Is it possible for an efficient classical verifier (a BPP machine) to verify the output of an efficient quantum prover (a BQP machine)?
The answer is Yes. Researchers show that a classical polynomial time verifier (a BPP machine) can interact with an efficient quantum prover (a BQP machine) in order to verify BQP computations. They rely on the additional assumption that the verifier may use post-quantum cryptography that the BQP prover cannot break. They rely on quantum secure classical encryption schemes, such as those based on the learning with errors problem. These schemes can be used to encrypt classical bits (or quantum states) in a way in which an efficient quantum machine cannot extract any information.
This was the QIP 2019 Keynote subject. However, this is only presenting the Arxiv paper and two other late 2018 talks. It is answering questions about determining if a quantum computer has done something quantum and helping answering if Quantum supremacy has been achieved. Quantum supremacy is when quantum computers clearly beat regular computers.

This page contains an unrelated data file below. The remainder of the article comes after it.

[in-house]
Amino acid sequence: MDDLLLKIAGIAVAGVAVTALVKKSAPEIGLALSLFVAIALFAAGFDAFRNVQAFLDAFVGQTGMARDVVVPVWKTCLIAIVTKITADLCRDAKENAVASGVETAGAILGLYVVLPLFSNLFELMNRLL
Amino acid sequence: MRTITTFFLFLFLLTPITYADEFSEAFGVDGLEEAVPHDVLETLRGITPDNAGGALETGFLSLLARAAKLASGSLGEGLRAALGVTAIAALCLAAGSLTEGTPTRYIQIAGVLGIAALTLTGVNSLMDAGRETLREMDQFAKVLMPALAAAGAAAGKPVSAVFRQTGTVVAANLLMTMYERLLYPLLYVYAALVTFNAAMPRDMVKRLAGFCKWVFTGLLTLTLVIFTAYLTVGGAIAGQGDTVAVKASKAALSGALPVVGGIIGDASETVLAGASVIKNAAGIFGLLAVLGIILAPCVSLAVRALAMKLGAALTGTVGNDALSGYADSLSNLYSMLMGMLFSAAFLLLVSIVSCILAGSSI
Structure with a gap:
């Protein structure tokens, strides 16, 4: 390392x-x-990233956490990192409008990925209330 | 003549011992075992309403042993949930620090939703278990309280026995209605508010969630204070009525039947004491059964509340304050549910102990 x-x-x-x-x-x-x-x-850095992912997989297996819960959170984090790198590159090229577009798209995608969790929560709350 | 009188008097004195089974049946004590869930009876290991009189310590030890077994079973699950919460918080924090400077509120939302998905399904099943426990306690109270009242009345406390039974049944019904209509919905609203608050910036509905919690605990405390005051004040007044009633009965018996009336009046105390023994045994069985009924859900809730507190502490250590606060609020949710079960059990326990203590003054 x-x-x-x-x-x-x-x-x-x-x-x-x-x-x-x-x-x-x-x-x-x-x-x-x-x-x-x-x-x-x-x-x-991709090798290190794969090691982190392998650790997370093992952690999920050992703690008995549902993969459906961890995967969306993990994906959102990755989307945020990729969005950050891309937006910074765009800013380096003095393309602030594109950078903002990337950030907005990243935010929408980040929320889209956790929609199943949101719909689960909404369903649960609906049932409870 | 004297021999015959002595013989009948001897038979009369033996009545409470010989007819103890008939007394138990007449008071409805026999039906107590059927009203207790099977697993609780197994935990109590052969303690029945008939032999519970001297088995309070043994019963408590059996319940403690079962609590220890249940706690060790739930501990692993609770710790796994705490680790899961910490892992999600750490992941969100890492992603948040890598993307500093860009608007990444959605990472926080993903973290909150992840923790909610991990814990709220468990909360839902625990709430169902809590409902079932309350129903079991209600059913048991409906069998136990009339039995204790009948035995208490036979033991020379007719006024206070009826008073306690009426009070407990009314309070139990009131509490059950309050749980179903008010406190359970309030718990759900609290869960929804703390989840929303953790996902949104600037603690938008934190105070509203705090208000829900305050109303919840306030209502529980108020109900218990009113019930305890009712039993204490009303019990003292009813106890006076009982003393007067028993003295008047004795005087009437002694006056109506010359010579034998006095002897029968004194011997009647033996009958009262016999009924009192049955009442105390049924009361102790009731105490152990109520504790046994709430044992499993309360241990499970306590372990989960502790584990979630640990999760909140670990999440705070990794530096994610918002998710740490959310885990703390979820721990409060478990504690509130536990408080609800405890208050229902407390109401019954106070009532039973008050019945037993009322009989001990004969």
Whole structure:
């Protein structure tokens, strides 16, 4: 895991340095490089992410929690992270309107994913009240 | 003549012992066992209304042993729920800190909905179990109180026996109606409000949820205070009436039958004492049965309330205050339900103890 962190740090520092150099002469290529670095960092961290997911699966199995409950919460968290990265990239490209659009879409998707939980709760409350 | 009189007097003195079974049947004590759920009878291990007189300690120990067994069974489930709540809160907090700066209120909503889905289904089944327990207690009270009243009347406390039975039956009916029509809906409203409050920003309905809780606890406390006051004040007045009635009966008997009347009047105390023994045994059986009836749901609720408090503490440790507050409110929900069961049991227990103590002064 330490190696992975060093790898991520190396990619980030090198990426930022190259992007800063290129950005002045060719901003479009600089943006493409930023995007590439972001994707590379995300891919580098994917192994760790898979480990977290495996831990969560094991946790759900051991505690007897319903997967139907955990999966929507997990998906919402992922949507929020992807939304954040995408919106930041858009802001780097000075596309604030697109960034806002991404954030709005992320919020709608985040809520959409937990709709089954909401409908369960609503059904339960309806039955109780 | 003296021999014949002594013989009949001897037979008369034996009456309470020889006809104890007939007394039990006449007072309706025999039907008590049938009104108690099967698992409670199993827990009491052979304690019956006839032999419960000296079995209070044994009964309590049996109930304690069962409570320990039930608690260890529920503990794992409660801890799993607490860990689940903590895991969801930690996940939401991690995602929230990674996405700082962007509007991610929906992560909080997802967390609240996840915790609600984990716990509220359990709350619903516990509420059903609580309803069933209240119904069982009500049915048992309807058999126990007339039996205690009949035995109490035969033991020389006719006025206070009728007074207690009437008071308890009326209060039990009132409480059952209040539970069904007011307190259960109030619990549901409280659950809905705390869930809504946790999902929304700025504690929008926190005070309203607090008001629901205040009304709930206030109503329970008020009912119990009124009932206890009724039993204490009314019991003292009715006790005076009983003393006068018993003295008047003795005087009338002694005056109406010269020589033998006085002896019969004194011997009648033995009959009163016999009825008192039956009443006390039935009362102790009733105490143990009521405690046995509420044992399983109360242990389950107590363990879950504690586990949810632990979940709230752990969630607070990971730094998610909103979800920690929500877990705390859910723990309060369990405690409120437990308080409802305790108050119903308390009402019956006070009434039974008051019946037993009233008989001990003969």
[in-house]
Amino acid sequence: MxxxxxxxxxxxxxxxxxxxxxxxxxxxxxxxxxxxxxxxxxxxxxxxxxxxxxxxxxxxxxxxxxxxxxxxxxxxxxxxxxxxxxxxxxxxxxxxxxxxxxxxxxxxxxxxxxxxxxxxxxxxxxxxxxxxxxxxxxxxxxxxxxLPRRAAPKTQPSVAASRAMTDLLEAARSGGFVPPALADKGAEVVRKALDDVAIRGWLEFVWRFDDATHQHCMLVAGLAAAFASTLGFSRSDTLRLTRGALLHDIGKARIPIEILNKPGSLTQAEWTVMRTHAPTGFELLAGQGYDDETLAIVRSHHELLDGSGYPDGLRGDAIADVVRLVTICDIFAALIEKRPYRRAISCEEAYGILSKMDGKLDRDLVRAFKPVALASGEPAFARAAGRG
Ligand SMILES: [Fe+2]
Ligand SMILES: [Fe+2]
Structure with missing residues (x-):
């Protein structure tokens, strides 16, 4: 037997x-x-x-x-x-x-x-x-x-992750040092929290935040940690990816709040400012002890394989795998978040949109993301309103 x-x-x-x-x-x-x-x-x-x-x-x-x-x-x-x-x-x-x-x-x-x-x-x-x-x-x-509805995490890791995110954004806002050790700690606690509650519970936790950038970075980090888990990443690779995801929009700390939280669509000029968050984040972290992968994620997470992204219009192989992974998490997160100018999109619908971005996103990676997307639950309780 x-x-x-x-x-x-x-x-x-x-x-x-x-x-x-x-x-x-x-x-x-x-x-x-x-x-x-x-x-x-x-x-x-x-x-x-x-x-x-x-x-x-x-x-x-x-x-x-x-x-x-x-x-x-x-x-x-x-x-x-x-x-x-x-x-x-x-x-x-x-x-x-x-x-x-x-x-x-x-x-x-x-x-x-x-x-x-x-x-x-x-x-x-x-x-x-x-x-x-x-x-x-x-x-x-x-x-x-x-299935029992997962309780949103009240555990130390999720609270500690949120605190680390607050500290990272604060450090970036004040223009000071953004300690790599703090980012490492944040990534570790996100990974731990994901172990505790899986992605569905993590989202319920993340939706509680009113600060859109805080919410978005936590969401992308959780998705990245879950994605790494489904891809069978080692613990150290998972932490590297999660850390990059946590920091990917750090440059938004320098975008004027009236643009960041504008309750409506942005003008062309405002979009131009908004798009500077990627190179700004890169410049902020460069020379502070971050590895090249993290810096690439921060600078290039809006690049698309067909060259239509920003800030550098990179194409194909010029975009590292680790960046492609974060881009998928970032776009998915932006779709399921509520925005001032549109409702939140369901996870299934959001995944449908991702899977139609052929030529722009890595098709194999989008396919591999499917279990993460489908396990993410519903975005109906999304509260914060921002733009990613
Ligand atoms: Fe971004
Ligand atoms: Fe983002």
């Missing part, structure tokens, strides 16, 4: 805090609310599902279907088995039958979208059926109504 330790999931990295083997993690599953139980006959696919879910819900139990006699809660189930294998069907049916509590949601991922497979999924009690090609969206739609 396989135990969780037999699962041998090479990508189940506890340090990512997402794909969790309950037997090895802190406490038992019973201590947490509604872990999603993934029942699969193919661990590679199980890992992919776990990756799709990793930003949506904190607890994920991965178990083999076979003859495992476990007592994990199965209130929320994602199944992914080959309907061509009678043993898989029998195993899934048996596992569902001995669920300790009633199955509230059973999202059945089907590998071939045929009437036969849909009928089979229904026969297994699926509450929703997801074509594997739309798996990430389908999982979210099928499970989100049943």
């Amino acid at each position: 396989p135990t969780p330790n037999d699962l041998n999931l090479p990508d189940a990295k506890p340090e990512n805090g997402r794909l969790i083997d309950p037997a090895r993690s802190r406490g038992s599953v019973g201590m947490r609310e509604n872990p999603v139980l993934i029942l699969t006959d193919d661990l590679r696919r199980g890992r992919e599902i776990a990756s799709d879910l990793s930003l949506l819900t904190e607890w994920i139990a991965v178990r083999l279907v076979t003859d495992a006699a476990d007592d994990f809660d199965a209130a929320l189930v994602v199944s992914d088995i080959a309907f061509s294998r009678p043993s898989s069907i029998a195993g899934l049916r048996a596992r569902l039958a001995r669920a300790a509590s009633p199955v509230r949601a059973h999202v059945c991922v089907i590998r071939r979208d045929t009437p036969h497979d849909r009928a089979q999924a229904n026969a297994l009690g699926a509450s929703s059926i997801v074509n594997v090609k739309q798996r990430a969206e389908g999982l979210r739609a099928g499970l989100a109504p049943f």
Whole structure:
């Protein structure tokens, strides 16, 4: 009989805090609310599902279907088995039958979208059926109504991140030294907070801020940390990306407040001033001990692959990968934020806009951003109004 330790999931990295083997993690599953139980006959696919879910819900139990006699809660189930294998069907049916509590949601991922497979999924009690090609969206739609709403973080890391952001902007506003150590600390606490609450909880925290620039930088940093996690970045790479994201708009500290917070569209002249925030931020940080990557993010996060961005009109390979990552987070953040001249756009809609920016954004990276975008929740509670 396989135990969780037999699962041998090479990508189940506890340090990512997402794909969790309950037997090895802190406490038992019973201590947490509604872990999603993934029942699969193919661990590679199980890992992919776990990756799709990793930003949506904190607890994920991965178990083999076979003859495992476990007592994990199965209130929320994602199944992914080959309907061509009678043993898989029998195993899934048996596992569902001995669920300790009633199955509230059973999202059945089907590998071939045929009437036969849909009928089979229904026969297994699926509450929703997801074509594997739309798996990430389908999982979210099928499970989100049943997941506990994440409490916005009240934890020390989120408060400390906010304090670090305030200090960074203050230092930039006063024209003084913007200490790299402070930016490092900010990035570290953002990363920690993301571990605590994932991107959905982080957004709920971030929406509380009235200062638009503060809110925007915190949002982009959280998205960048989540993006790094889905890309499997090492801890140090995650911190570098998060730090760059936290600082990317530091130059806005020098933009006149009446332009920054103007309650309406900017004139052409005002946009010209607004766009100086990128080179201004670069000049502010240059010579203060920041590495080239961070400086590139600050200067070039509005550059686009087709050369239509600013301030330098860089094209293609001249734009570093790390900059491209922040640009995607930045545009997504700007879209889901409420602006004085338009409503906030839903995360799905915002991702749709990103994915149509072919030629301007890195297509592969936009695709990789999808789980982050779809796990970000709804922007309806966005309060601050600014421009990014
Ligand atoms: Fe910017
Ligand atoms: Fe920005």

The core of their construction is a measurement protocol, an interactive protocol between an efficient quantum prover and a classical verifier which is used to force the prover to behave as the verifier’s trusted measurement device. To formalize the idea of a measurement protocol, they now describe its completeness and soundness conditions, beginning with a small amount of necessary notation. In our measurement protocol, an honest prover constructs an n qubit quantum state ρ of his choice, and the verifier would like each qubit to be measured in either the standard basis or the Hadamard basis.
They use trapdoor function families. They are ideal families initially and then approximations of these function families are used.
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